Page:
In A First: Model For Forecasting Reservoir Water Level

Reservoirs provide water for irrigation, industrial use and hydropower generation in many parts of the country and their storage levels depend on rainfall in catchment areas, among other factors.

Advance warning about likely deficit in reservoir storage could help in water management during droughts.

But, at present, there is no such system available.

Researchers at the Indian Institute of Technology, Gandhinagar, have developed a statistical framework which they say “provides the first assessment of reservoir storage anomaly forecast at 1‐ to 3‐month lead for the dry season that can be valuable for decision‐making.

The framework is based several parameters – observed accumulated rainfall, standardized precipitation index (SPI), standardized precipitation evapotranspiration index (SPEI), standardized stream flow index (SSI), and observed storage data.

For developing their model, researchers analyzed observed precipitation, air temperature, and data from catchment areas of 91 major reservoirs in the country, and developed a regression‐based statistical model to predict reservoir storage anomalies at three months lead.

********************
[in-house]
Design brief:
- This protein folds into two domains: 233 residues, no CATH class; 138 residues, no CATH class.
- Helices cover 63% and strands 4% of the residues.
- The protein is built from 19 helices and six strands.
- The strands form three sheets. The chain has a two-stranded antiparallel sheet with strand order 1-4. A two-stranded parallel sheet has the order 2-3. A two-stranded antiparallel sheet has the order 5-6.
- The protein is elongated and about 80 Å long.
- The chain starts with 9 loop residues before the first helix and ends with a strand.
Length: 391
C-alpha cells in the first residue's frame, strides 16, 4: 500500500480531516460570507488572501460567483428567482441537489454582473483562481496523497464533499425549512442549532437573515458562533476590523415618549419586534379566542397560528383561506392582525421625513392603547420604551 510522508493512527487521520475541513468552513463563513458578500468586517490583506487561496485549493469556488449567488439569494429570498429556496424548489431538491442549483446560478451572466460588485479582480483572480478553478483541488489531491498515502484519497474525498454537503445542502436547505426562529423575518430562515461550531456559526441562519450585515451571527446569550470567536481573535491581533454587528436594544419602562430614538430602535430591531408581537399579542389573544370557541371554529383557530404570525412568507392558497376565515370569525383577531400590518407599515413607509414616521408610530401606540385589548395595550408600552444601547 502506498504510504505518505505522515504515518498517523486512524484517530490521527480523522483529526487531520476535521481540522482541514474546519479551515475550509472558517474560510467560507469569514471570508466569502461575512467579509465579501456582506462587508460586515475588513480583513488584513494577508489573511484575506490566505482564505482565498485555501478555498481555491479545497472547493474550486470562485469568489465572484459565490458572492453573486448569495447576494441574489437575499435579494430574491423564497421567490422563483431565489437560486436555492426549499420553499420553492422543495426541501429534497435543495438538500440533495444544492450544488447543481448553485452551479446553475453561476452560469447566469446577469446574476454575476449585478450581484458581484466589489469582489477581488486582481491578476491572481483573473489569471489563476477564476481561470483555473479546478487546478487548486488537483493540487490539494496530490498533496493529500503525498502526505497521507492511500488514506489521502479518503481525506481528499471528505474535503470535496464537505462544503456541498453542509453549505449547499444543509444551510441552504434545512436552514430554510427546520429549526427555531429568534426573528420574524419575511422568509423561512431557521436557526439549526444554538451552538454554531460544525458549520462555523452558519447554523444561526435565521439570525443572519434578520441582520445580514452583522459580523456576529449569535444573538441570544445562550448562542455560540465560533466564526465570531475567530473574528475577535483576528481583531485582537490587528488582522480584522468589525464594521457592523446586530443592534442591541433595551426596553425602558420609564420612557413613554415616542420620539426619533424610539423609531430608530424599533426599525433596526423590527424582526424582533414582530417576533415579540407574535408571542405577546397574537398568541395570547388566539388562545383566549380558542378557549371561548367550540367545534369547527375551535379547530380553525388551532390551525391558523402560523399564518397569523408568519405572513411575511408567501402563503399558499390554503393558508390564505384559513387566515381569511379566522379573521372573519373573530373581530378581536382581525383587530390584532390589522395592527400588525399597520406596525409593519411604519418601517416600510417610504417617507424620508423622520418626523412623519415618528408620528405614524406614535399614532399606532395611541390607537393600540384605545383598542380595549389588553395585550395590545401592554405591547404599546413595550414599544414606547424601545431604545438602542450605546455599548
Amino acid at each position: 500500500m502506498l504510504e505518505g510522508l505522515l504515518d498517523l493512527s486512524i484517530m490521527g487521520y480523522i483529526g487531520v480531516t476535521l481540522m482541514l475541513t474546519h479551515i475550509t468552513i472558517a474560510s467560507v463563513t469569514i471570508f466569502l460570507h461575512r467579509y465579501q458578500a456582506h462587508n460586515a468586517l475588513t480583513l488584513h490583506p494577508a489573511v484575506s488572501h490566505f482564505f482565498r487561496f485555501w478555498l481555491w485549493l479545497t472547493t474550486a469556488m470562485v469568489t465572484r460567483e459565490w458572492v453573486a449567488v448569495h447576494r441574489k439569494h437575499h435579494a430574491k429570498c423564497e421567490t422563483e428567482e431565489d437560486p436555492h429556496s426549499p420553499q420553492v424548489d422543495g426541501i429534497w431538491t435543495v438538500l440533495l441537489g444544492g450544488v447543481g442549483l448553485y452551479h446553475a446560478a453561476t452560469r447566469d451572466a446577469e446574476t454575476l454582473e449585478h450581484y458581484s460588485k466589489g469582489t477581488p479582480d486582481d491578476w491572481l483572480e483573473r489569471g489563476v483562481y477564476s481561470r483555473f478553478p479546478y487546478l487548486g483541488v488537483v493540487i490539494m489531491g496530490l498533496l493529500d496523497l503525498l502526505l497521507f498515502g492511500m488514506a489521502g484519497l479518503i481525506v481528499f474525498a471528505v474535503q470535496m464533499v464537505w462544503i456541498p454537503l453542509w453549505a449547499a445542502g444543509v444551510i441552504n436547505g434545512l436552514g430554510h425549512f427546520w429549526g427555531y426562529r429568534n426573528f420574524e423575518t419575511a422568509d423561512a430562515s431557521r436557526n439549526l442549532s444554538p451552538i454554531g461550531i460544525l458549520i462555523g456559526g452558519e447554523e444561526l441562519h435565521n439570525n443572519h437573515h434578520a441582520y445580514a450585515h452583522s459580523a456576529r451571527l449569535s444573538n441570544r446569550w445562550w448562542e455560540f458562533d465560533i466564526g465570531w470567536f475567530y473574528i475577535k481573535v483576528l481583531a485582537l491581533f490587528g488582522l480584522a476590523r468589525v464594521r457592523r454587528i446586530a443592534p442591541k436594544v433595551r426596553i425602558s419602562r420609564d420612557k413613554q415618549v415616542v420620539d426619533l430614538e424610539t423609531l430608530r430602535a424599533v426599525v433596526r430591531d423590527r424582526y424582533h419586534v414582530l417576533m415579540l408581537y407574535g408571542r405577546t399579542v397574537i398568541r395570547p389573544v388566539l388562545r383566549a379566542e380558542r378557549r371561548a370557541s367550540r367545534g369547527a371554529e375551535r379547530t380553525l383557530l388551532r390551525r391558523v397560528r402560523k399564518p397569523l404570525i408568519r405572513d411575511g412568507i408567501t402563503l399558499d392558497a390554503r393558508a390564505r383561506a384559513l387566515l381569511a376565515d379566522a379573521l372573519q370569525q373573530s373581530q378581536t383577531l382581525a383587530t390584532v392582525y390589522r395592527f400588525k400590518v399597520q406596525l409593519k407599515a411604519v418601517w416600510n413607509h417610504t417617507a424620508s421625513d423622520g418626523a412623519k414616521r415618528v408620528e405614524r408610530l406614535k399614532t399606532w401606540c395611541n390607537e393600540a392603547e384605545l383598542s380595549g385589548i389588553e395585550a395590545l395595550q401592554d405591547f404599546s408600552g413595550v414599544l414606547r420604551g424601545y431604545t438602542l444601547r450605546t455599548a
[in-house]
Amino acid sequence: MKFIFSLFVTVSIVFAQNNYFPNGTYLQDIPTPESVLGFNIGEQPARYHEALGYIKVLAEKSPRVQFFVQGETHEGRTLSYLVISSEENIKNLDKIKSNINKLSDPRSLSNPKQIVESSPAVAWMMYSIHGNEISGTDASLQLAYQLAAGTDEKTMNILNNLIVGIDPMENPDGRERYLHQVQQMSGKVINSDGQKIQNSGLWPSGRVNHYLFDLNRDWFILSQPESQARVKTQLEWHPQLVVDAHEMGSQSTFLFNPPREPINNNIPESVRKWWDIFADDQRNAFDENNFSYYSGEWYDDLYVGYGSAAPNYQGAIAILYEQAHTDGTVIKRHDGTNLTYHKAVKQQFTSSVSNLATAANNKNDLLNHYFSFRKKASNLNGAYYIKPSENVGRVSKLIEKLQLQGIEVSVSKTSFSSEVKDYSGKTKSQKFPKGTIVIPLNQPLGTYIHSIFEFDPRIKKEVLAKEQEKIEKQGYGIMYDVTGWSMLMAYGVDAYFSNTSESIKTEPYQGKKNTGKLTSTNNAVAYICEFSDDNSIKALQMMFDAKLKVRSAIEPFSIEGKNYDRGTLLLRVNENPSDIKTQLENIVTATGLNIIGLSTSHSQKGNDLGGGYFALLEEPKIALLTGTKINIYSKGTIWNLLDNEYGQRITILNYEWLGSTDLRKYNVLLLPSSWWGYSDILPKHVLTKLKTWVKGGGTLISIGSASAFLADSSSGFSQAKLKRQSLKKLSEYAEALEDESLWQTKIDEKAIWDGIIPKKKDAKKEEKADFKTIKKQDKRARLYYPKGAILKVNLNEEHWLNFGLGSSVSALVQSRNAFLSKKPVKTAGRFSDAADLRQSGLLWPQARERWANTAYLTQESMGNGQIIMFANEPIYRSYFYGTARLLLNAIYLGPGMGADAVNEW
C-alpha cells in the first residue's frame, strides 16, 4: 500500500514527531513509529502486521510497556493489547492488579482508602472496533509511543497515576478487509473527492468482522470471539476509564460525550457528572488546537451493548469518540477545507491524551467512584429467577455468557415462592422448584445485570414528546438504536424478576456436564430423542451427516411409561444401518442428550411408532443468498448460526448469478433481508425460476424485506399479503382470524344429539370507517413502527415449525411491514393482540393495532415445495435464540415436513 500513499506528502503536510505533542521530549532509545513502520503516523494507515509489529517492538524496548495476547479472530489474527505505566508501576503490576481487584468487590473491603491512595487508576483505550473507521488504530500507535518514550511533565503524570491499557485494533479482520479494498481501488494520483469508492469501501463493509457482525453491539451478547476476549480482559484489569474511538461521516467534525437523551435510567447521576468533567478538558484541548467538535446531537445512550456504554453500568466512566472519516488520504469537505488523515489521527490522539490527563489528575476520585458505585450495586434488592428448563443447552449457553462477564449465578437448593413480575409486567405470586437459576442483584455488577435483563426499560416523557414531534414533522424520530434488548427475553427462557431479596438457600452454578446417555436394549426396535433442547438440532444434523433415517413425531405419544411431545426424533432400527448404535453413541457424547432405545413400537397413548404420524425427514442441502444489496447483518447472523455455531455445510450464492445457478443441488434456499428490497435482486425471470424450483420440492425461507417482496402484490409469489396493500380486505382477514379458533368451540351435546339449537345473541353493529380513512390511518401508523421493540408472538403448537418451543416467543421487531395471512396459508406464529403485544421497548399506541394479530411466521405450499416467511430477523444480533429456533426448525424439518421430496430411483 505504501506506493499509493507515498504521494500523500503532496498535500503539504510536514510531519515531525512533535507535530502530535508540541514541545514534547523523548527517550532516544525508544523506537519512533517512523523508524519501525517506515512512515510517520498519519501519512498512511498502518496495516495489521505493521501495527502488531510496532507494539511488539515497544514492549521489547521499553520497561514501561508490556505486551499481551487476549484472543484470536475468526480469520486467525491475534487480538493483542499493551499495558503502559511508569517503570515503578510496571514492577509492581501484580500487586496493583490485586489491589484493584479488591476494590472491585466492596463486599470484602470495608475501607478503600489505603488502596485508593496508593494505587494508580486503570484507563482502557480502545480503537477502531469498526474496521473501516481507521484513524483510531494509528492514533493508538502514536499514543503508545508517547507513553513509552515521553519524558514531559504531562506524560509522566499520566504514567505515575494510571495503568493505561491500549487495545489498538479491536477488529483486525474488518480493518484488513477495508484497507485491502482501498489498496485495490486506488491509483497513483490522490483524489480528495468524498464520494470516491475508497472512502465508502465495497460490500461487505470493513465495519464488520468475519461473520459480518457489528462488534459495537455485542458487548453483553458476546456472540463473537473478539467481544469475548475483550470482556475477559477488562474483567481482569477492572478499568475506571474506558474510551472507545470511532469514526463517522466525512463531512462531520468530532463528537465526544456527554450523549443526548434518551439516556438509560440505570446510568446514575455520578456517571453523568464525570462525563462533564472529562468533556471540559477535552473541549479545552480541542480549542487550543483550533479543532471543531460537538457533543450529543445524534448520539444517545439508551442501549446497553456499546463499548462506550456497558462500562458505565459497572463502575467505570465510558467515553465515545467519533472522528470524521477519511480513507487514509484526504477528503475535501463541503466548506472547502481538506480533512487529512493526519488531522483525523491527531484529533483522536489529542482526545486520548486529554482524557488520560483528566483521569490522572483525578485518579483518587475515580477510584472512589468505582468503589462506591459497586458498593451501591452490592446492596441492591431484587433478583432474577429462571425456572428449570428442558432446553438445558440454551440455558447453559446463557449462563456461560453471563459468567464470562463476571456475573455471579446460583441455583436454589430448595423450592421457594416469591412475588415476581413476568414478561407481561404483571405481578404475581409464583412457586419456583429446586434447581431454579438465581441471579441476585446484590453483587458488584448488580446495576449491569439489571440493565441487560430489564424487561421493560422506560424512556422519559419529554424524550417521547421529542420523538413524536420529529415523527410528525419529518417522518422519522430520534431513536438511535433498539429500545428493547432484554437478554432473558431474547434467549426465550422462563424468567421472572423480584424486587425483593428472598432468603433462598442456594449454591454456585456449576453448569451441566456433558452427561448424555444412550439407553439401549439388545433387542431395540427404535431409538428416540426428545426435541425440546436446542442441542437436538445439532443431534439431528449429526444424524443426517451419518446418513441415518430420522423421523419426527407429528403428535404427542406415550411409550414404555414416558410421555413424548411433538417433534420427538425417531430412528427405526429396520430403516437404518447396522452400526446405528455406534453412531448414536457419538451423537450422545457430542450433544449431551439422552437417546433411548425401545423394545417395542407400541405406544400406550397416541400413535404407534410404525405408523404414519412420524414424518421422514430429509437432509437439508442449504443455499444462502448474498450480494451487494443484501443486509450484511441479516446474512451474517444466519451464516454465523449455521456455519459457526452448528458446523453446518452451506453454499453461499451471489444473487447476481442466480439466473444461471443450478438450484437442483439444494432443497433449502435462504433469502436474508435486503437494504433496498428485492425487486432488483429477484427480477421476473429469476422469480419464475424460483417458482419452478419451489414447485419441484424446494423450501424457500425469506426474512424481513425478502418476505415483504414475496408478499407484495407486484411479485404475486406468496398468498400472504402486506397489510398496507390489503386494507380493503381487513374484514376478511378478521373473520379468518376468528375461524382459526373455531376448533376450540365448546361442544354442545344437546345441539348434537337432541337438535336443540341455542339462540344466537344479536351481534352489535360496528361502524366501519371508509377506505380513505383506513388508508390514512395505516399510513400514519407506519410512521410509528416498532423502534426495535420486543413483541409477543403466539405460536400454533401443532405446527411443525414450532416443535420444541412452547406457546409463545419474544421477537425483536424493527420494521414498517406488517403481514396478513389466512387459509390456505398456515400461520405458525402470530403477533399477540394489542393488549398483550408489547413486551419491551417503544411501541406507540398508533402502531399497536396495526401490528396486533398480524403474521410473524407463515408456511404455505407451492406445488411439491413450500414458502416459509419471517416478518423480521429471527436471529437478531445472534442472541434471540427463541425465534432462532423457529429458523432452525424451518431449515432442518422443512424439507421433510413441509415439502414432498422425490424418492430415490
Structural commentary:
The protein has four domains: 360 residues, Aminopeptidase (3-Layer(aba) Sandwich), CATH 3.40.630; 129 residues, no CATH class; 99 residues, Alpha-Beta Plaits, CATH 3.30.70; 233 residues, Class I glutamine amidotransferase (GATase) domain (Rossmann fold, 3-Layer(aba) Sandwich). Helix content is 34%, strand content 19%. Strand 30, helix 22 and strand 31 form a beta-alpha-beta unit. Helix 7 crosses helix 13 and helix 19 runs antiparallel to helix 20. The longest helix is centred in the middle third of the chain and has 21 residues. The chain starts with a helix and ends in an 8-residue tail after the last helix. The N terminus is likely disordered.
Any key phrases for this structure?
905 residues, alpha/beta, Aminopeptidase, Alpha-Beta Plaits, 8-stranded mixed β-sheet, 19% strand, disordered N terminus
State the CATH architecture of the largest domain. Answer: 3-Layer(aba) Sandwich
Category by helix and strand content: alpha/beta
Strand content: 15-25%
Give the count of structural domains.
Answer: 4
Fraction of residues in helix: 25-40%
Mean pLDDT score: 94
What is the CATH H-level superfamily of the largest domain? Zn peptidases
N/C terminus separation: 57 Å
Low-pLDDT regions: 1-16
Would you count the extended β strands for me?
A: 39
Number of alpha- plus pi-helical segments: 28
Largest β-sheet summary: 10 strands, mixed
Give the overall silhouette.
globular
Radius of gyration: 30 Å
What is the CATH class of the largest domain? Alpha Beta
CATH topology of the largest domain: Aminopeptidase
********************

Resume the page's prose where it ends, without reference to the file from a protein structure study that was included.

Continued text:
Reservoirs in the country have considerable variation in terms of water surface area, storage capacity, command area and installed capacity to produce hydropower.

The total storage capacity of 91 major reservoirs is about 238.4 billion cubic meter.

Researchers have validated the model for reservoir levels 2002 onwards and have found that the model really works well.

This period has had dry, wet and normal monsoon years.

However they need to incorporate the information on the state of catchments of various reservoirs plus should also take into account the upstream and reservoir water use data to make the model more robust.

This is a ‘India Science Wire story; edited by Clean-Future Team